A. Have her seen by your vet. At her age and with her symptoms you need to have your vet rule in/out hyperthyroidism. This is done via blood work. A CBC, chemistry panel thyroid panel and urinalysis can be submitted to assess major organ function.
A. I can't speculate on why her sibling died last year (and I'm sorry about your losing your pet). It might seem that the two of them have some type of genetic problem, but I doubt that the kidney failure in the first cat is related to the signs you are seeing in your second cat. I think that you just have some bad luck going on, and as both cats are/were well into what we consider to be "geriatric" years, you're going to start seeing some problems, unfortunately, speaking from a statistical standpoint.
Knowing what caused the renal failure would have taken some diagnostic work at the time, including an ultrasound to visualize the kidneys as well as (of course blood work) and a thorough history. Sometimes we never find out what causes kidney failure, but an ultrasound could have helped us understand if there was a congenital (present from birth) problem that caused the ultimate failure.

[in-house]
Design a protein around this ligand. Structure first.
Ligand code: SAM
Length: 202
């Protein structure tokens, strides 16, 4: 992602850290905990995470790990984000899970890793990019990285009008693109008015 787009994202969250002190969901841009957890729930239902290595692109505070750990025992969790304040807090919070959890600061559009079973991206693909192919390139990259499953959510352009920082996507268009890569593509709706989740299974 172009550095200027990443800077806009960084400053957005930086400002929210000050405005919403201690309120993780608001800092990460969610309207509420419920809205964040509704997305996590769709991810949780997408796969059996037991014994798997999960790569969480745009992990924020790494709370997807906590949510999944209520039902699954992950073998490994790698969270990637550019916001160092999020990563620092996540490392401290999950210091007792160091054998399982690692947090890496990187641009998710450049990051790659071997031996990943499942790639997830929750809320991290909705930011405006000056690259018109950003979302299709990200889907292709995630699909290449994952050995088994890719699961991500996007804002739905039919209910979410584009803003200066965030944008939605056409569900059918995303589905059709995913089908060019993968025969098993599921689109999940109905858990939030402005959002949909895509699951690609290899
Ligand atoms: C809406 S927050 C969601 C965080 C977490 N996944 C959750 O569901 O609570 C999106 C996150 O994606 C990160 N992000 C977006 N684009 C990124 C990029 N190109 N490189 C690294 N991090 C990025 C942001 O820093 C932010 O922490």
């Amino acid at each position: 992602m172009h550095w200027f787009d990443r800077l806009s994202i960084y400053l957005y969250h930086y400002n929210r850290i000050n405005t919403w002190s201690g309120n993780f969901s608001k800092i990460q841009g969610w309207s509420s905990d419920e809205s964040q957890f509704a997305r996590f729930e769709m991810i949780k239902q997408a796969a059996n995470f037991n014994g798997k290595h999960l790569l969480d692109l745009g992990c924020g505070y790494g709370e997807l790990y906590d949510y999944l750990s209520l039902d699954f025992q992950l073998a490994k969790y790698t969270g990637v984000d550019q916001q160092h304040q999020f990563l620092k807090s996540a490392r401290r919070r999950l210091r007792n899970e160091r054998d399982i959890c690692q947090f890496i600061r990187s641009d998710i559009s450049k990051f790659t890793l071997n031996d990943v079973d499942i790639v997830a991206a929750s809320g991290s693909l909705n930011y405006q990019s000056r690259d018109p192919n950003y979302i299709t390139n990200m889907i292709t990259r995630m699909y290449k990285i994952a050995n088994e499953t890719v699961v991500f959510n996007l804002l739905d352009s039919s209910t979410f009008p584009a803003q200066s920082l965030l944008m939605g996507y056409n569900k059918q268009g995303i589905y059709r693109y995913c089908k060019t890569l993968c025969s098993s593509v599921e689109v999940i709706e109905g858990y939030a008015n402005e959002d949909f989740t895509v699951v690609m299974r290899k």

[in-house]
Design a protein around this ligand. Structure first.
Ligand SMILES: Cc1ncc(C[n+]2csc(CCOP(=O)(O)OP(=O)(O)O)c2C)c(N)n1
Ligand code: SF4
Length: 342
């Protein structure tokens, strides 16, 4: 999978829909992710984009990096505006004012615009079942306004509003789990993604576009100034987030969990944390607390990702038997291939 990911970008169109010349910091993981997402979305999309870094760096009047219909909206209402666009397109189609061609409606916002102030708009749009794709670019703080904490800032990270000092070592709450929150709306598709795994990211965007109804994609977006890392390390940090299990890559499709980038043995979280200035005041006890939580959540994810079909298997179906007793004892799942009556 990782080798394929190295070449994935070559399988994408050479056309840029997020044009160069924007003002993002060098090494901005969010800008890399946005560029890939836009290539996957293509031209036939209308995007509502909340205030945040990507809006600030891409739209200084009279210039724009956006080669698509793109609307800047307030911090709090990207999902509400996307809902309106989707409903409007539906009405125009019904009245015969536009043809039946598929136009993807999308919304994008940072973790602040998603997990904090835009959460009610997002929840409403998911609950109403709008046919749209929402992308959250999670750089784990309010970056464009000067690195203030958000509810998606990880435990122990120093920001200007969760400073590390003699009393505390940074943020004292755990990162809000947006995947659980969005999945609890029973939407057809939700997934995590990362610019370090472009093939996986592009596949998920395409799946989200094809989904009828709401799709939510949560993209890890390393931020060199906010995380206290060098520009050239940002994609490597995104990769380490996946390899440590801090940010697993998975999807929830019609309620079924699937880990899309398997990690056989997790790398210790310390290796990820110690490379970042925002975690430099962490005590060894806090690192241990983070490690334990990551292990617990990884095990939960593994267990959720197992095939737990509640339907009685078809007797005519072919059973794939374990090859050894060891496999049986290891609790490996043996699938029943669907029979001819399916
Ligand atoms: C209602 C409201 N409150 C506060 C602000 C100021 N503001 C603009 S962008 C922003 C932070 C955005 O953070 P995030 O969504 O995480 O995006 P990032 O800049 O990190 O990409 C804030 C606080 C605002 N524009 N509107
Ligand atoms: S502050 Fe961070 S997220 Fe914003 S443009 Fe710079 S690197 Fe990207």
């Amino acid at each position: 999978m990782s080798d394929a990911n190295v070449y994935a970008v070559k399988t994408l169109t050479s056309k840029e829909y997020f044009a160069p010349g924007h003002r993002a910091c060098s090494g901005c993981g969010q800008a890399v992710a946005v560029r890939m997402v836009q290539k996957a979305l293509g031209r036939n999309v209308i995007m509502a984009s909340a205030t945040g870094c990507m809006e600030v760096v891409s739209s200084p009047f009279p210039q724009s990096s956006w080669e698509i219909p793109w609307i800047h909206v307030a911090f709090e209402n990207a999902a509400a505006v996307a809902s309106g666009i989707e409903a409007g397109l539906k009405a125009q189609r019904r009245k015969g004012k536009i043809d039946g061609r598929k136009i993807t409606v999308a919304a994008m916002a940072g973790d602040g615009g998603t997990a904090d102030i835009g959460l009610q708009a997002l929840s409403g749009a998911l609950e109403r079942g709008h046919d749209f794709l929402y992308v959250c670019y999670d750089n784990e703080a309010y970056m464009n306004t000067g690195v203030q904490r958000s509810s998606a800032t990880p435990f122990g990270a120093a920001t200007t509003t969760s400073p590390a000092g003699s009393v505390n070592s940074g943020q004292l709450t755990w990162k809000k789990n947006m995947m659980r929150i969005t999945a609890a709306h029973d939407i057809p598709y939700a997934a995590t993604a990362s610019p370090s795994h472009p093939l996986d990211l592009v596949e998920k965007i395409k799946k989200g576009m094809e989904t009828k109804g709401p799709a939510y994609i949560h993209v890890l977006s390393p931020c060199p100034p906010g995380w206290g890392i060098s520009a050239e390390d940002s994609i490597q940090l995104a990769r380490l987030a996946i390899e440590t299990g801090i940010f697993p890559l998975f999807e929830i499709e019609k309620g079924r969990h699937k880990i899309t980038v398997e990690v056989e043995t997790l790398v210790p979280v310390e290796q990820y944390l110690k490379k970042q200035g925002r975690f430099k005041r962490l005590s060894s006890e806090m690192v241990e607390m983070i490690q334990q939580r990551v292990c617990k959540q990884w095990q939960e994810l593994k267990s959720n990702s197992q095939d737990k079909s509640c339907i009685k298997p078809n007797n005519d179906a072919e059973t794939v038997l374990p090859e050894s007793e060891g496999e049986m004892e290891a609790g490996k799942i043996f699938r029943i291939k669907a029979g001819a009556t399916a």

As for your remaining cat, I think the previous answer is spot on. The first job is to diagnose what is causing the increased appetite with weight loss, and the number one cause of those symptoms in 12 year old cats is hyperthyroidism. This is a metabolic disease that usually involves a benign growth on the thyroid that's causing overproduction of thyroid hormone. This results in a ramped-up metabolic state, causing hunger and weight loss (and lots of other things, like vomiting, diarrhea, and an elevated heart rate).
Hyperthyroidism can be treated successfully, but you need to get her diagnosed in order to do so. Other things to rule out are a problem in the intestines that prevents absorption of food, but that's less common than hyperthyroidism.
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